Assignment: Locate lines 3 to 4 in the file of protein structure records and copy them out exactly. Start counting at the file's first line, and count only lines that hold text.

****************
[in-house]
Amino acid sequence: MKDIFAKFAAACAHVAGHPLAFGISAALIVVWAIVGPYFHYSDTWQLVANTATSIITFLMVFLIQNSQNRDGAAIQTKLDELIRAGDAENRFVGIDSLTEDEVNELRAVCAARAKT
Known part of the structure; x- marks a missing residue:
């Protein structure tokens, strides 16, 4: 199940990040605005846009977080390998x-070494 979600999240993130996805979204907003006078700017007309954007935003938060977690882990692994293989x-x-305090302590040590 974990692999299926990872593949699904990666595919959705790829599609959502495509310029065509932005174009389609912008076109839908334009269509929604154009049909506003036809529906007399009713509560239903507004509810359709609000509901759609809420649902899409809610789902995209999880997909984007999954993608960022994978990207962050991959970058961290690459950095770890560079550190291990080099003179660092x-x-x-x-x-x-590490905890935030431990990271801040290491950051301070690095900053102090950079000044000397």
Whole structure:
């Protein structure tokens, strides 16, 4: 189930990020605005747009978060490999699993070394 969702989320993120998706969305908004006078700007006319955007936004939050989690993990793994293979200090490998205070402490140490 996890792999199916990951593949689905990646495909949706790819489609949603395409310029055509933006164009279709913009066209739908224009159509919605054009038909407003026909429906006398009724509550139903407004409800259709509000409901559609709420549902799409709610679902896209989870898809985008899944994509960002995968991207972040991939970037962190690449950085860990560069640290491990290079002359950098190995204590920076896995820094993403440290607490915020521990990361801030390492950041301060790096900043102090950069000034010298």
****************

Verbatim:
Known part of the structure; x- marks a missing residue:
């Protein structure tokens, strides 16, 4: 199940990040605005846009977080390998x-070494 979600999240993130996805979204907003006078700017007309954007935003938060977690882990692994293989x-x-305090302590040590 974990692999299926990872593949699904990666595919959705790829599609959502495509310029065509932005174009389609912008076109839908334009269509929604154009049909506003036809529906007399009713509560239903507004509810359709609000509901759609809420649902899409809610789902995209999880997909984007999954993608960022994978990207962050991959970058961290690459950095770890560079550190291990080099003179660092x-x-x-x-x-x-590490905890935030431990990271801040290491950051301070690095900053102090950079000044000397």